Nichols: One Year Later, Residents Continue to Recover, But Where Will Businesses Rebound?

Oct 13, 2017

About 75 families have returned to repaired homes in Nichols, South Carolina. The small town in Marion County was home to 260 homes before Hurricane Matthew brought strong winds and devastating floods in 2016.  All but three sustained flood damage and most businesses were also impacted.  South Carolina Public Radio spoke with Mayor Lawson Battle and Disaster Recovery Advisor Rita Pratte about progress in recovery, one year after Matthew.

“It’s a slow process, but we are doing pretty well compared to other areas,” Mayor Lawson Battle said. Recovery for the town’s residents is aided by the South Carolina Disaster Recovery Office (SCDRO). The office oversees the $96 million allocated for the 24 counties impacted by Hurricane Matthew, which includes Marion County. But the town also has its own recovery program. The town works with Palmetto Disaster Recovery case management to systematically identify residents with unmet housing needs. 13 households have completed recovery plans through the town’s programs and more are under construction.

“They have eight that are currently under construction, so 22 homes should be served; most of them by the end of October,” Disaster Recovery Advisor Rita Pratte said. Some bigger projects will extend through December and January.

Nichols Welcomes Another Flood-Displaced Family Home

CELEBRATING RECOVERY: On the left, the Floyd family home flooded in the aftermath of Hurricane Matthew. On the right, the family, town officials and members of recovery groups celebrate during the welcome home party for the Floyds.
Credit Courtesy of the Town of Nichols

The town did not plan any special commemorative events to coincide with the one-year anniversary of the storm and flood.

"That was a tragic day for this town. It's something they didn't expect to happen and I think emotionally and mentally, they're still not recovered," Pratte said. Instead, the town hosted another welcome home party. "I am excited to welcome that family home. They are the second home in our owner occupied housing program to be completed," Pratte added.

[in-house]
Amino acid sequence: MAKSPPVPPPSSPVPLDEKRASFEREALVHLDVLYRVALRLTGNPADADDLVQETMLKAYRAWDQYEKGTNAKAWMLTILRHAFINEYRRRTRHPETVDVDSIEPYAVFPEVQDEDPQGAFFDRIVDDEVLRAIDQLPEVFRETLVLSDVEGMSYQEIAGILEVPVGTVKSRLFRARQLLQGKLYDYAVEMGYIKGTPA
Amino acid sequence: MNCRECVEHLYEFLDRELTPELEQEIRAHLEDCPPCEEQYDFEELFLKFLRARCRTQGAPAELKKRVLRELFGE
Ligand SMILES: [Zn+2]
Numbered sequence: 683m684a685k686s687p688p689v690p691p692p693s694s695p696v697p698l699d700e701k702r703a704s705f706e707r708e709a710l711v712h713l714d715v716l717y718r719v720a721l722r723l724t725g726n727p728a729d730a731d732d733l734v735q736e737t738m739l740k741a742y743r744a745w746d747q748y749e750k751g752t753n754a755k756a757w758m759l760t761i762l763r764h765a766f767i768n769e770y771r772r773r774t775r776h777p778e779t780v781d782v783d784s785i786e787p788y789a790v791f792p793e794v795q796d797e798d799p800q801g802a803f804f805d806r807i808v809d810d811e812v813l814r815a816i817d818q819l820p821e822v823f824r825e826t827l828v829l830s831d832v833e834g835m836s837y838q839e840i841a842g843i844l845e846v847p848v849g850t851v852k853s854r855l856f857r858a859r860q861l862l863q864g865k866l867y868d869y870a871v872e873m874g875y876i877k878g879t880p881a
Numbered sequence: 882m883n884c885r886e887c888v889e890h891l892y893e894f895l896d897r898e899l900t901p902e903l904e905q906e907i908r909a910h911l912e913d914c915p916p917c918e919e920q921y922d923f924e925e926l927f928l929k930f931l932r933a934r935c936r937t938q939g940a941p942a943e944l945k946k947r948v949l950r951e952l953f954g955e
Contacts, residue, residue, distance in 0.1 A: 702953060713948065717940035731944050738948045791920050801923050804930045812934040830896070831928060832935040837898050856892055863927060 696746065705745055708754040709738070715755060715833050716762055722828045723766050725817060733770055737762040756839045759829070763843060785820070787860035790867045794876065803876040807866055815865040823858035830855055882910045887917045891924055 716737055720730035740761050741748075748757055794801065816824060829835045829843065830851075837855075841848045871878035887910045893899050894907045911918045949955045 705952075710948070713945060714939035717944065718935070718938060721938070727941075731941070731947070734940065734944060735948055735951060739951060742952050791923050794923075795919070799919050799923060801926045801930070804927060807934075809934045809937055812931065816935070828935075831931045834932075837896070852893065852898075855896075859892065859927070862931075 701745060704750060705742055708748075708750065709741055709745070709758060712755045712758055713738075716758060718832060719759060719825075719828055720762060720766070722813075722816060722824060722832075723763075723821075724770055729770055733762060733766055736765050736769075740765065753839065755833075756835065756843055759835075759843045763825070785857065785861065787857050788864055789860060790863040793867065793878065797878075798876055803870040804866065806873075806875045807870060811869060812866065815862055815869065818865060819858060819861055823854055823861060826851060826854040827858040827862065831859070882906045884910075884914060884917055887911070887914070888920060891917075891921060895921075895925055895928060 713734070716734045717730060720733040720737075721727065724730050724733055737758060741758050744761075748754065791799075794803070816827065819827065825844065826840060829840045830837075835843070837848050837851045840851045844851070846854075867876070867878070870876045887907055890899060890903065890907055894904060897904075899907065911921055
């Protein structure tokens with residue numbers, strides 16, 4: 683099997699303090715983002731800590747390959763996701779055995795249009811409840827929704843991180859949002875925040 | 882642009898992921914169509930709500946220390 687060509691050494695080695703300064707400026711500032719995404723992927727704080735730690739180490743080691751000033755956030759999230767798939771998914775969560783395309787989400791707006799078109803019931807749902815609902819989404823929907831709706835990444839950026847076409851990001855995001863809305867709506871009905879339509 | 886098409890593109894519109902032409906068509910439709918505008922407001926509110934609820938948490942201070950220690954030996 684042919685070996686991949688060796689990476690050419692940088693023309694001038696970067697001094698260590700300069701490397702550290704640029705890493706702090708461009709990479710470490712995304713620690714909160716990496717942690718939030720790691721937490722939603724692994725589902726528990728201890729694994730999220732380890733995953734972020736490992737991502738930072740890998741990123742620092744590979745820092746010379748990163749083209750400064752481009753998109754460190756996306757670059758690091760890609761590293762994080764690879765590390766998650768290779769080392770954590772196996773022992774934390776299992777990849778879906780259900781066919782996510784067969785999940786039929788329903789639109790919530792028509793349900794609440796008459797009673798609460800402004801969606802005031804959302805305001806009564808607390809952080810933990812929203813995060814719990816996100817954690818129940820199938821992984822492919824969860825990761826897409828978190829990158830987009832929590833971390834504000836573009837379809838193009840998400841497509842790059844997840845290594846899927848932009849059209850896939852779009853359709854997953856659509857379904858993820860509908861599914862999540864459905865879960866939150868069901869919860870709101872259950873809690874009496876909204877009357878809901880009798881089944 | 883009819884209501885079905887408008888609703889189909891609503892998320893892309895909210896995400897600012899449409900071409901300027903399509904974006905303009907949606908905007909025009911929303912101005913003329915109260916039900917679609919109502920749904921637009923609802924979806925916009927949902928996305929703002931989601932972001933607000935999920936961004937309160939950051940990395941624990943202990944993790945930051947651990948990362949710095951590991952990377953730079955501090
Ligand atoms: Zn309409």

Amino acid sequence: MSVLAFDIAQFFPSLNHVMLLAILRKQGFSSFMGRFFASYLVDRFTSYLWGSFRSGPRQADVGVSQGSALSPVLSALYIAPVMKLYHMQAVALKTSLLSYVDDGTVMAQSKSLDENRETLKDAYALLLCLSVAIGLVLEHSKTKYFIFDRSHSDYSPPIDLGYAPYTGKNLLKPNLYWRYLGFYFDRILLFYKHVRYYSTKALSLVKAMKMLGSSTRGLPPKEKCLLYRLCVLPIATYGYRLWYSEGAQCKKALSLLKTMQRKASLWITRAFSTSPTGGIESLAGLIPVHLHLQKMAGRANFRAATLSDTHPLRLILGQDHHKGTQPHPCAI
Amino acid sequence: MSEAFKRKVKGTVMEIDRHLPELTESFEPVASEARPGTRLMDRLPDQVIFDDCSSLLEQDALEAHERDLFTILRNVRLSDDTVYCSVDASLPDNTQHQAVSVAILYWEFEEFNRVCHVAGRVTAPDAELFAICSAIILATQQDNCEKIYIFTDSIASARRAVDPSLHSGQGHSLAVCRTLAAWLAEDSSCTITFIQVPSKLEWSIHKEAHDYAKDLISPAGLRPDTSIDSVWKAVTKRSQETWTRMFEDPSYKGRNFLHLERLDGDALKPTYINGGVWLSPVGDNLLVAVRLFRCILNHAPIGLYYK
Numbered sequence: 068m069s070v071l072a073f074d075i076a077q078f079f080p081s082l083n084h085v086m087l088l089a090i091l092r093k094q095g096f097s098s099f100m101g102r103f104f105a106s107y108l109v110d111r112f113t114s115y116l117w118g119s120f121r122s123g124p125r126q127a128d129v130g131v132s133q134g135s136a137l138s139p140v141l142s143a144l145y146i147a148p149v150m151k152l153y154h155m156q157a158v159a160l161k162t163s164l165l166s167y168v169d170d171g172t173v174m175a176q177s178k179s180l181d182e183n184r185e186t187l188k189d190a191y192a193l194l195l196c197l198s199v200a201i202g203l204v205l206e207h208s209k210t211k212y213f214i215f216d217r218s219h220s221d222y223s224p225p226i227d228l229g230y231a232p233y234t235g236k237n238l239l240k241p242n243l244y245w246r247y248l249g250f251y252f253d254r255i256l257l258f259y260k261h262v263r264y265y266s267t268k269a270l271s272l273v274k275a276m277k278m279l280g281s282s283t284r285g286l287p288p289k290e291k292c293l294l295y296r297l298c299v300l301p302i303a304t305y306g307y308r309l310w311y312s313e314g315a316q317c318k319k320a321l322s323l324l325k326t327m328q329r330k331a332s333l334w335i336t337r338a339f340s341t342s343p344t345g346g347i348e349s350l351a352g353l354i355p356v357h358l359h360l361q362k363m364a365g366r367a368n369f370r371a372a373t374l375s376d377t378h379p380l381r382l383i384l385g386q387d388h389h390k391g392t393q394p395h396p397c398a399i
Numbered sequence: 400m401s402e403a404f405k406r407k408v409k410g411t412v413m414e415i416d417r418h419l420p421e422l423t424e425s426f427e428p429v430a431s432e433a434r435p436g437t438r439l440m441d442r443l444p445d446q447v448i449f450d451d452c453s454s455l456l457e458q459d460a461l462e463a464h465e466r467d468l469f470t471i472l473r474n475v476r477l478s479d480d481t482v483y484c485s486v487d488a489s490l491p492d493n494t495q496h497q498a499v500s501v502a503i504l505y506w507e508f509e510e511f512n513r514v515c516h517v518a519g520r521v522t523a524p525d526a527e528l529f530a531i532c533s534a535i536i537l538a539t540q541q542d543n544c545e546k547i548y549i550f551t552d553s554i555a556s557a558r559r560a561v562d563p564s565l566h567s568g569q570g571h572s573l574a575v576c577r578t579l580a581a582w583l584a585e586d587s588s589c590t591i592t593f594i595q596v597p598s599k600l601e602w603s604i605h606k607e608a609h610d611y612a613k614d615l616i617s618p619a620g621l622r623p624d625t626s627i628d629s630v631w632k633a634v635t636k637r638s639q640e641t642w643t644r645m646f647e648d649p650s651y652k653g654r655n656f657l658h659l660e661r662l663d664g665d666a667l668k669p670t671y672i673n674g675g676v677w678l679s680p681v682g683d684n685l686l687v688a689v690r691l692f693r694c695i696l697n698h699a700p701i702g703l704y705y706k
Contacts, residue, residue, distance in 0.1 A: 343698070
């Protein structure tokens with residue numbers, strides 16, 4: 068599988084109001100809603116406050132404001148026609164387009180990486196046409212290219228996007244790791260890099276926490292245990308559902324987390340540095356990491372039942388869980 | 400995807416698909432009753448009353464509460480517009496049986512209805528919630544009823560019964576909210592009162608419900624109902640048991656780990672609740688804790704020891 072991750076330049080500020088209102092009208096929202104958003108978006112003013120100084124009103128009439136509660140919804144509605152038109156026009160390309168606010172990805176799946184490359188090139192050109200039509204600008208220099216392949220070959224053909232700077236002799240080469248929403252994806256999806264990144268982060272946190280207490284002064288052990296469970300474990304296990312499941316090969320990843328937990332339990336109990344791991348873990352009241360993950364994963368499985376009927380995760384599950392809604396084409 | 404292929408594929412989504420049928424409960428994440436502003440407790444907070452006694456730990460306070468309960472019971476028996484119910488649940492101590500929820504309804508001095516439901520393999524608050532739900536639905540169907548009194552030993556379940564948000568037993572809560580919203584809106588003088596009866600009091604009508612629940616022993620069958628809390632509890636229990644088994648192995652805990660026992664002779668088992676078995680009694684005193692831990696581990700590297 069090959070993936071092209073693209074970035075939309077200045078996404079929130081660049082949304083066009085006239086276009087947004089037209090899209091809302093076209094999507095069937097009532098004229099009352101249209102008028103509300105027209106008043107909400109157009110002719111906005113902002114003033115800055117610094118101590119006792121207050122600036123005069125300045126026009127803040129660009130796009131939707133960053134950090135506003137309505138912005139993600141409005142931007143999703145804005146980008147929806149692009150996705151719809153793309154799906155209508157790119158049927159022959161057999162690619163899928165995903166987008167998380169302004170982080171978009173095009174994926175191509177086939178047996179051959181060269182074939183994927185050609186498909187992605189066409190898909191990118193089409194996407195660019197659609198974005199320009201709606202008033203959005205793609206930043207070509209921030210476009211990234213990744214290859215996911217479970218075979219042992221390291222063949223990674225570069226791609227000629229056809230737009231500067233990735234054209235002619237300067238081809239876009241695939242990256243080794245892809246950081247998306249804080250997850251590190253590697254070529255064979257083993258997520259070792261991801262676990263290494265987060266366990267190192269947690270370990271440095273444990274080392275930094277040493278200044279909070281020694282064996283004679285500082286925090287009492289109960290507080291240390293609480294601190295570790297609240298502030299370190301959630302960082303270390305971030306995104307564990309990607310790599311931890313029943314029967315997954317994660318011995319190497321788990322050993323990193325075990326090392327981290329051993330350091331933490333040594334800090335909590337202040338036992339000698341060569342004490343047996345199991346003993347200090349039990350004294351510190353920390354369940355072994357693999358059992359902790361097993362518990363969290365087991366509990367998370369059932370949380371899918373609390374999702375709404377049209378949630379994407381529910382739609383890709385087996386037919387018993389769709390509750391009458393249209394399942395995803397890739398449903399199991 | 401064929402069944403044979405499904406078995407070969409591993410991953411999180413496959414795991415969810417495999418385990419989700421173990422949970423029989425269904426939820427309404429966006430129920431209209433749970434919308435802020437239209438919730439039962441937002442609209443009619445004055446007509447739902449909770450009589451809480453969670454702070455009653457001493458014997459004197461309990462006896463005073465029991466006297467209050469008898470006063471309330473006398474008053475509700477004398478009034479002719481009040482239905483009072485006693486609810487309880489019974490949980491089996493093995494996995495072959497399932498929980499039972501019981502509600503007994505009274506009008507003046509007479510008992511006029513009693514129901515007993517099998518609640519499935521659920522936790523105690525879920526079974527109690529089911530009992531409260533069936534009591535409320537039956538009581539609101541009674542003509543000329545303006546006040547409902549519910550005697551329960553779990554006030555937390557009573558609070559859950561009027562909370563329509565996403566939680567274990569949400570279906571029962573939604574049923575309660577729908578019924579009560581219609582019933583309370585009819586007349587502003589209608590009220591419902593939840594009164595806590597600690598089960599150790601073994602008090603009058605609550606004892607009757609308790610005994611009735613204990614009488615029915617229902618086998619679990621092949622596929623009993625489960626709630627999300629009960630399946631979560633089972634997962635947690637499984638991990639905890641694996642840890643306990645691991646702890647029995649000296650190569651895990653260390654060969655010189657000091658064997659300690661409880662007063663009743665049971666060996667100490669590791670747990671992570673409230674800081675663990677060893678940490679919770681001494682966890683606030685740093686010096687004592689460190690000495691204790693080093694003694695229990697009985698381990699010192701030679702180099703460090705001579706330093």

Half of the town’s businesses have reopened, but the downtown business district remains  empty.  

One year after Hurricane Matthew caused flooding in Nichols, businesses still haven't returned to the downtown district.
Credit Thelisha Eaddy/ SC Public Radio

"The whole downtown section, where the majority of the businesses were would have to be raised, some of it three and a half to four feet, to get it back to new code," Battle said.

The new code refers to FEMA's National Flood Insurance Program (NFIP). Disaster Recovery Advisor Pratte, explains how the code impacts rebuilding. "FEMA would require that a homeowner elevate should their flood repairs total over 50% of the assessed value of their house. This would be to protect tax dollars in the instance of repetitive loss. The homeowner would no longer be eligible for federal aid should they not comply."

Its the same situation many homeowners in the Midlands faced (and some continue to face) after the October 2015 flood.

RELATED: New NFIP Regulations and What They Mean For the City of Columbia

Battle said the town is "working with the owners of the property to see what they want to do; to see what we can do to help." Questions like: will business owners try to relocated, will they raise their structures or will they abandon the property altogether still need to be answered, he said.

The mayor does think it would be impossible to raise some of the buildings. He cited the age of structures, the fact that many share structural walls and cost. In working with property owners, he said the town has some options it is considering, which includes moving the downtown area to higher land. He said it has been done in other places in similar situations.

"It really would be wonderful if we could make it work. And we are working on it all the time," Battle said. The mayor said the town has had a series of meetings to discuss possibilities for businesses, but reminds that "its going to be a long, hard process."